There is a clock sitting on the shelf near our bed. It belonged to my mom’s dad and was passed on to me, making it my grandfather’s clock. Over a hundred years old, this timepiece is relatively small, meant to be set on a fireplace mantle, but it has a surprisingly vibrant chime. There are no batteries within, its mechanism driven by a coiled brass spring, which I wind weekly with a dozen turns of a key. For this effort, I am rewarded with a melodious chime counting out each and every hour.
I take comfort from these chimes, from the tick-tock of the ever swinging pendulum, an aroused awareness that time is now. I wonder if my grandfather, my mother, other family members, felt a similar connection.
I’ve lived more than 600,000 hours so far, a surprising number when I attempt to remember the breadth of my life experience. what happened to all those hours? The more important question, what will I do with the hours I have left?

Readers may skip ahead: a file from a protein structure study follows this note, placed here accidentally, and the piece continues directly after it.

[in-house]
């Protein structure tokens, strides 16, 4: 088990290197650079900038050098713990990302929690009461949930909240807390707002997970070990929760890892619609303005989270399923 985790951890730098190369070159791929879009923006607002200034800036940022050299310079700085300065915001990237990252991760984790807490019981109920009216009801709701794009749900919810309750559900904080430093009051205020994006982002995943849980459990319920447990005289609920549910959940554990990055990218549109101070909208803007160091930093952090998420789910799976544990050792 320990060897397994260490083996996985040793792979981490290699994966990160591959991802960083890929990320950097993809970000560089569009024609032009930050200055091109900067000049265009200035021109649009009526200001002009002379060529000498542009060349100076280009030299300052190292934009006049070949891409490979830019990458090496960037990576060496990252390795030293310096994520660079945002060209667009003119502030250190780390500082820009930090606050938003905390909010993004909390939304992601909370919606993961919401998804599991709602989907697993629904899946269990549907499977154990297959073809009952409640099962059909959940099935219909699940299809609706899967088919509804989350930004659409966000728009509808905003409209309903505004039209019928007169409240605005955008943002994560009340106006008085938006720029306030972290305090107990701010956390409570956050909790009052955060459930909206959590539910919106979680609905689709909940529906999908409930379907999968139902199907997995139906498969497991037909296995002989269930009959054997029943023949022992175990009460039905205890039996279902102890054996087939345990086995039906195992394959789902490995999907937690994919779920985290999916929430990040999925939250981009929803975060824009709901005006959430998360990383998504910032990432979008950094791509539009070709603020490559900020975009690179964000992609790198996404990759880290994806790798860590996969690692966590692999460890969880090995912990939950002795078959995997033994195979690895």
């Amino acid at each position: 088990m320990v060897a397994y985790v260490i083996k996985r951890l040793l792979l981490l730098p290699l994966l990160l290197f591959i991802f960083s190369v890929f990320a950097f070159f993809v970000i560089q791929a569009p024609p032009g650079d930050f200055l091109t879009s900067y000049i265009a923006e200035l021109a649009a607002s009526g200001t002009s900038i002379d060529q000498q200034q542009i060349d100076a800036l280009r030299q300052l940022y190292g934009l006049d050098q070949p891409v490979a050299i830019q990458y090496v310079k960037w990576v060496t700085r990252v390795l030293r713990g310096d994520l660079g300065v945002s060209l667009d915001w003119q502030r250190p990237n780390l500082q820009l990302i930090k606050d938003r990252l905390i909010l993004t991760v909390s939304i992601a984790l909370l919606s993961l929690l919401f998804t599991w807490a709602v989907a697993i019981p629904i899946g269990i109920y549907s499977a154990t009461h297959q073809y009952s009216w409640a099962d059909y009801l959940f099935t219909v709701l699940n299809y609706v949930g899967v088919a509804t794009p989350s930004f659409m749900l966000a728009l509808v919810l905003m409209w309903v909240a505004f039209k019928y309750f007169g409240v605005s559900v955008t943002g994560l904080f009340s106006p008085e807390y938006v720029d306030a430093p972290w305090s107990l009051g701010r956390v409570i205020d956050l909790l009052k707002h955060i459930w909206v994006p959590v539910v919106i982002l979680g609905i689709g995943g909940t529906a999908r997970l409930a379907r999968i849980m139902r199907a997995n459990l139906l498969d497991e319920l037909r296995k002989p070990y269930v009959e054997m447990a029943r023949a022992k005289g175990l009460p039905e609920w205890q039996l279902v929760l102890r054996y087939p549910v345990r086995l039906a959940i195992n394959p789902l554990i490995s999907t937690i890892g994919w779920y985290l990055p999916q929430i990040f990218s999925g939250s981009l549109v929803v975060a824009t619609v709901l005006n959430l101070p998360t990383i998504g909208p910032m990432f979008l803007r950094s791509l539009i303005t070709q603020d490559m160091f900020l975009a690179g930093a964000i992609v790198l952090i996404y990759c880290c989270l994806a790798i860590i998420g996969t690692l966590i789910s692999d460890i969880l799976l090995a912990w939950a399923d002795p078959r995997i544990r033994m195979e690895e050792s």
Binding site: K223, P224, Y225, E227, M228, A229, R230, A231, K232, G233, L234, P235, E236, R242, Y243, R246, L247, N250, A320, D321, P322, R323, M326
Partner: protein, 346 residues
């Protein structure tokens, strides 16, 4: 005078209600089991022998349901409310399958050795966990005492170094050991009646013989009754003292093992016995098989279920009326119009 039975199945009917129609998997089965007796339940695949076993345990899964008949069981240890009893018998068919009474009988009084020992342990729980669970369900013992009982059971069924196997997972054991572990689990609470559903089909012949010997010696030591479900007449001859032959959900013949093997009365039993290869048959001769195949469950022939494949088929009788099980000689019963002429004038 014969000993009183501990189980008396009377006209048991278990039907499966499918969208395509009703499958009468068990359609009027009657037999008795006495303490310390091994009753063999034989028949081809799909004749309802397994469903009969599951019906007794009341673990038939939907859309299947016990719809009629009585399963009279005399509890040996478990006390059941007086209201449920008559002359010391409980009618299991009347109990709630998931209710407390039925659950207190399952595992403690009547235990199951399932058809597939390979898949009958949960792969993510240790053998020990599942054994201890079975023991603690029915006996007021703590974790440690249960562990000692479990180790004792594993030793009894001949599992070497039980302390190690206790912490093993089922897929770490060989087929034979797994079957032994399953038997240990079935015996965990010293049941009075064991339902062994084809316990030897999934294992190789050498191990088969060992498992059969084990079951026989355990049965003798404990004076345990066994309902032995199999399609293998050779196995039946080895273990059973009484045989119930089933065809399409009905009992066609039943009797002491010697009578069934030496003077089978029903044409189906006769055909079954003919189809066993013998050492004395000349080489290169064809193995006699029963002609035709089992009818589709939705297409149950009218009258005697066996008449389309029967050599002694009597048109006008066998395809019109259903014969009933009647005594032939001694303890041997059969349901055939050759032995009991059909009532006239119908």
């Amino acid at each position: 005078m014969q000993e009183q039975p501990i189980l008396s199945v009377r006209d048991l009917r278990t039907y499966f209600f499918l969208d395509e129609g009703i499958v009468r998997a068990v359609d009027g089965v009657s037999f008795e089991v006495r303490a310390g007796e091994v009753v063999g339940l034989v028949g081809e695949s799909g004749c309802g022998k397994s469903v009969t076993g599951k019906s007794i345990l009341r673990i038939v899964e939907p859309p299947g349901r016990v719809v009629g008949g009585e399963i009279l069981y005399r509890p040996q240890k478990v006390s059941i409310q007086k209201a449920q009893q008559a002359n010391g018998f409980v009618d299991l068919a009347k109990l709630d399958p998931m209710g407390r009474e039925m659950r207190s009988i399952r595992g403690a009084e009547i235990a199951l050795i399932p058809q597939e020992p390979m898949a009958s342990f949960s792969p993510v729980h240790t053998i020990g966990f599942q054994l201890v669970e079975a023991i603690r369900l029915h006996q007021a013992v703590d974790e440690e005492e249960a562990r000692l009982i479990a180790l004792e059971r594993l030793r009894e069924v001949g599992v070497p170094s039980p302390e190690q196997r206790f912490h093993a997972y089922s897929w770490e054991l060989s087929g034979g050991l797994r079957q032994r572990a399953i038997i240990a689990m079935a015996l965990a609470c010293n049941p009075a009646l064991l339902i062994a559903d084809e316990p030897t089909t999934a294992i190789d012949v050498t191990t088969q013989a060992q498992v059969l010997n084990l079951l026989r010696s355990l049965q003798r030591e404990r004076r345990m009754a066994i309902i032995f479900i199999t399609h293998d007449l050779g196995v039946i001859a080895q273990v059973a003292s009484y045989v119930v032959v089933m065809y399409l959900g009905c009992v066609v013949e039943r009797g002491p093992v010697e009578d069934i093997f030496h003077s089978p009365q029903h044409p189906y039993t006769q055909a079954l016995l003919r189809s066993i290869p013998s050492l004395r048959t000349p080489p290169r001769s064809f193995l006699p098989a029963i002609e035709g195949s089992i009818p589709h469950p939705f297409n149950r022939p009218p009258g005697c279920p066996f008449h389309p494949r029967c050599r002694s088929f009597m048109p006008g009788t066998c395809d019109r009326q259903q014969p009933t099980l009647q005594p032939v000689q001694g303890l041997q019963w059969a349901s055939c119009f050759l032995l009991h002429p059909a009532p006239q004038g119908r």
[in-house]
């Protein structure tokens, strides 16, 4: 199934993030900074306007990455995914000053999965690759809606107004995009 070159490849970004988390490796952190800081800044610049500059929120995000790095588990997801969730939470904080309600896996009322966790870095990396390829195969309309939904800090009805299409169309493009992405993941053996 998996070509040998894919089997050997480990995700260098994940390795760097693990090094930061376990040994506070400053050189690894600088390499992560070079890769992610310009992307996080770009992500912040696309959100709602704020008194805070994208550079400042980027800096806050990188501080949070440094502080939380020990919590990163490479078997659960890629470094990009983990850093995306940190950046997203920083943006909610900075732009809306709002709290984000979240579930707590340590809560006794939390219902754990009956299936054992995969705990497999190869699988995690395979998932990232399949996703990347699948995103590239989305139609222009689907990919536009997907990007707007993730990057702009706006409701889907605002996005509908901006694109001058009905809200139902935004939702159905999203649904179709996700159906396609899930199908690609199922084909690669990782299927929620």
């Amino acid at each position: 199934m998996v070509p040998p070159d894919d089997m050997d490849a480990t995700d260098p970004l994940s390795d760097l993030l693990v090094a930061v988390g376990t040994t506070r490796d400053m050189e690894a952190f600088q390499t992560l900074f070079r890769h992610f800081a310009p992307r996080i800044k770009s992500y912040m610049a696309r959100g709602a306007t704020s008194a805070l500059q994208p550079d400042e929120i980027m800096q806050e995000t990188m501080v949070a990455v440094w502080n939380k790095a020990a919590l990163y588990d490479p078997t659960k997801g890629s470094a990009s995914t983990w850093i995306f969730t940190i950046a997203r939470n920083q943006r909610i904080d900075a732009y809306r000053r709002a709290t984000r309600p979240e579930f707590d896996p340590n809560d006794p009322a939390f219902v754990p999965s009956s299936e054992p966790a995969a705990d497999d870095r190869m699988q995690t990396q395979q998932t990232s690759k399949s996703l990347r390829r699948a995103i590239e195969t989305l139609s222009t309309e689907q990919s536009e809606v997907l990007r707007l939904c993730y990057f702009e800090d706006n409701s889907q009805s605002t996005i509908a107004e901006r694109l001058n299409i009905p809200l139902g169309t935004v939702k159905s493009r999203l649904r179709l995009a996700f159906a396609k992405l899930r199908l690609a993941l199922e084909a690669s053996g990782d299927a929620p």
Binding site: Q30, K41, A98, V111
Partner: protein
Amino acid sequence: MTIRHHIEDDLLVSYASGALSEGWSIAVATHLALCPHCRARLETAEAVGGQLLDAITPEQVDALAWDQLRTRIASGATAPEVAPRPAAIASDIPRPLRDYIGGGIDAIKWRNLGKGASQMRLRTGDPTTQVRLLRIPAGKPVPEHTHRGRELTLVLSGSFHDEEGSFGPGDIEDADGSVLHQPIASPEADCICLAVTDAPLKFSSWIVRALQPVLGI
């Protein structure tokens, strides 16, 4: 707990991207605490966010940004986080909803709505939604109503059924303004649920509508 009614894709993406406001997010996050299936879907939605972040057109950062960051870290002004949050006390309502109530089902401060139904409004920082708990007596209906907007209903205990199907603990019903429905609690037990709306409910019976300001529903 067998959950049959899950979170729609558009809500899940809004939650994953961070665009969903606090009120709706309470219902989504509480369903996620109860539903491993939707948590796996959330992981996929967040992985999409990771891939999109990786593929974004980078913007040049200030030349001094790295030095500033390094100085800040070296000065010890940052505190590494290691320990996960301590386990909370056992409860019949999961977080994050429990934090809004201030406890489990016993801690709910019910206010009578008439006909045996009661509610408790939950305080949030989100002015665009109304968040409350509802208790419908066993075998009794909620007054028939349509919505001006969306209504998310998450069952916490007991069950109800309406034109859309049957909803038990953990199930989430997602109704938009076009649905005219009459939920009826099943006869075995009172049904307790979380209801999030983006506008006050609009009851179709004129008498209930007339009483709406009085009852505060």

Each tick of that clock is a moment I will never have again.
How many more chimes are left in my life?
How blessed I am to have had so many hours of being.
As my wife sleeps peacefully beside me, I again find comfort in the tick-tock of time, past, present, and future, and I drift away in hopes of hearing the morning chimes once more.
There’s an old folk song that beautifully expresses my sentiments, perfectly named, “My Grandfather’s Clock.” Here’s a link to a Johnny cash rendition
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